There is a religious dimension in the struggle between Trump and Comey. Lies are so inherently a part of human frailty; ever since the Garden of Eden, that God felt compelled to kibosh them in stone. Jesus described himself, in John 14, as “the way, the truth, and the life.” We’re seeing one titanic morality play of good-versus-not-good that’s set in our own lifetimes, ones in which faith is hard challenged by economics and the “virtue of selfishness,” as Bertrand Russell used to call it.
There’s hope. The bad guys never win in Marvel Comics; Voldemort and the Death Eaters lose to Dumbledore’s Army of kids; and, Rudy gets to play for Notre Dame. Americans can only be messed with for so long. As a people we’re patient, but not stupid. When the story of Trump and Comey is written down it won’t be fake news, it’ll be history in which we each had a personal stake. Where we stand is meaningful.
Trump has forced people to ratchet down their tolerances, over, and over, again. He must know, at least, that you can only tell people it’s “your way or the highway” so many times before they, finally, hit the road leaving you with a mirror for company. If he’s clueless, someone should tell the President that as an act of charity.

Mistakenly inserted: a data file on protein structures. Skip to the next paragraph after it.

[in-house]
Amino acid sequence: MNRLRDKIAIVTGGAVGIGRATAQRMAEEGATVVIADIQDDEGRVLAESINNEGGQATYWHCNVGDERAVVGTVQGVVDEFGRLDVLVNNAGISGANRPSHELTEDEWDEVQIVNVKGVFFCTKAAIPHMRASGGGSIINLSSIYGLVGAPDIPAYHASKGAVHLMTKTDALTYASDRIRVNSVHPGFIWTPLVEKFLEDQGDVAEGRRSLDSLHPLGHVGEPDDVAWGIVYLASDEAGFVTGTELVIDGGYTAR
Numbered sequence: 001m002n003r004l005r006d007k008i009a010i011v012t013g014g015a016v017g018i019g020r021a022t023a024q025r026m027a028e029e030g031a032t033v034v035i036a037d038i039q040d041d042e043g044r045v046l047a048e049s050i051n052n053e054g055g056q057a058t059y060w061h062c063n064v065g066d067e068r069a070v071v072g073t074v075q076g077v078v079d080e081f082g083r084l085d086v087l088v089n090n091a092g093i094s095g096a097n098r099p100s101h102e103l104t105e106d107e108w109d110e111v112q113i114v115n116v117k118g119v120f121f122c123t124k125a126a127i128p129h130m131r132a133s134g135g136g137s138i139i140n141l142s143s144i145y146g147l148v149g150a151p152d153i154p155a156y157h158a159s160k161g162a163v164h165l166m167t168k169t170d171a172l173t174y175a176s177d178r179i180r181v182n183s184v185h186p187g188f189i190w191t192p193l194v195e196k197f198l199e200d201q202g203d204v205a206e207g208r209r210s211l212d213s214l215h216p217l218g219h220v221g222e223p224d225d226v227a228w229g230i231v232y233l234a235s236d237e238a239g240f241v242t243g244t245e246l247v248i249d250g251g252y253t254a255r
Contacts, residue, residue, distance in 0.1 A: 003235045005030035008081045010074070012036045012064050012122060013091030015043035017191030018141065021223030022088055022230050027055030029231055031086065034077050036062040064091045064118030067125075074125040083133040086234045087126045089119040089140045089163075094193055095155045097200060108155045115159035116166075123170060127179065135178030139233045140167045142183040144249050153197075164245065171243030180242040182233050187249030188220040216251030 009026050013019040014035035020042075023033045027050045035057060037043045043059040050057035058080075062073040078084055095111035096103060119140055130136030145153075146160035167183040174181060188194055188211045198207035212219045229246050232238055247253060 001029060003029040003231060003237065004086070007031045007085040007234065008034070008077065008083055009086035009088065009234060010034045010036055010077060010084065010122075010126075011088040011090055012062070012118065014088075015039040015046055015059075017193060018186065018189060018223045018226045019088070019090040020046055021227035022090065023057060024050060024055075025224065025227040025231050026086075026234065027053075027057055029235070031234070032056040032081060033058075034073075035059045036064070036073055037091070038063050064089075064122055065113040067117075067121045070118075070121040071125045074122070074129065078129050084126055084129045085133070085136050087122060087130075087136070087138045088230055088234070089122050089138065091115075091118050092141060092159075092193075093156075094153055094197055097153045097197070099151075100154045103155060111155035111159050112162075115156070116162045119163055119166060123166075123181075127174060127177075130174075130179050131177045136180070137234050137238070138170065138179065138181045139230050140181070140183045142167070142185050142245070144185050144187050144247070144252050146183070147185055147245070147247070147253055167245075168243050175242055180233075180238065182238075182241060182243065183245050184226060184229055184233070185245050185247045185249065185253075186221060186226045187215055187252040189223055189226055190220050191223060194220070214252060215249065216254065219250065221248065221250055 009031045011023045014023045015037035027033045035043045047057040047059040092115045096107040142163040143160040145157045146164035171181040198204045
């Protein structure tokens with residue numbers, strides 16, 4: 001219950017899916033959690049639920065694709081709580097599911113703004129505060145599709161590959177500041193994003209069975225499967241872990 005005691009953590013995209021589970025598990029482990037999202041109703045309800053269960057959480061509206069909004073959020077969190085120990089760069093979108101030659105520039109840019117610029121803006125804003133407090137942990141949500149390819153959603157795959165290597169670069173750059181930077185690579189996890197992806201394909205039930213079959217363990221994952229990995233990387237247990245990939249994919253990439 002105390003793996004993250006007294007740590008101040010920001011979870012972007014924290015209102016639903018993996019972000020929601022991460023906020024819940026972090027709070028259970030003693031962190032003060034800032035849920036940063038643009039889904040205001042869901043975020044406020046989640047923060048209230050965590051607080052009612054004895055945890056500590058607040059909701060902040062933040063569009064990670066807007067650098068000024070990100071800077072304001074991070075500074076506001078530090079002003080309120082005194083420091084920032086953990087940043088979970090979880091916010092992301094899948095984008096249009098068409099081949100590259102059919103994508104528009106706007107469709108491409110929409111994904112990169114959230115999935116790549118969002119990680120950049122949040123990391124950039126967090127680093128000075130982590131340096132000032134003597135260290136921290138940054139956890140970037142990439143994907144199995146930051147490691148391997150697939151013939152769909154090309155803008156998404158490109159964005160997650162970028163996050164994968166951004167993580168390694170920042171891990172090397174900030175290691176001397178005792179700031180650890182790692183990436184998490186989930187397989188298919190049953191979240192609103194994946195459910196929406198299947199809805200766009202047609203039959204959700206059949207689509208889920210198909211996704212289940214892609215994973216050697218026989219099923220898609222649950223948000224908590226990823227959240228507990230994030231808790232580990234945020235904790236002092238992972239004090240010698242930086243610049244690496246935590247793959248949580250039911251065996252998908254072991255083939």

Trump vs. Comey is set for pay-per-view on HBO, streaming from Caesar’s Palace. Only the very best people are coming to see the fight, sip Veuve Clicquot, and munch on crackers spread with Sevruga. More people will watch, from home, than saw the royals Wills and Kate promise it up at Westminster Abbey. Extra-terrestrials are planning to pirate the signal.
Whence came this drama? Donald J. Trump refused to lie in the weeds until something devilishly more clownish came tweet, tweet, tweeting along to distract the world from James Comey. Instead of waiting to see if Special Counsel Robert Mueller’s investigation would last as long as the Rule Against Perpetuities, Trump finger-painted a messy story with the urgency of a kindergartener. In it, he flips off Jimmy Stewart, Gregory Peck, and James Bond, all without a second thought.
Trump ignored his lawyers, press agents, staff, allies, and cheering fans to become the first law and order President to push a piece of big, beautiful, chocolate cake in the face of America’s top cop. What are parents telling their children this time? When does loyalty turn into anarchy? What does truth mean in a world imprisoned in towers of babble that flies as fast as light? How much compromise can a public accept? These are questions deserving of answers, the absence of which may be harmful to our big, beautiful planet.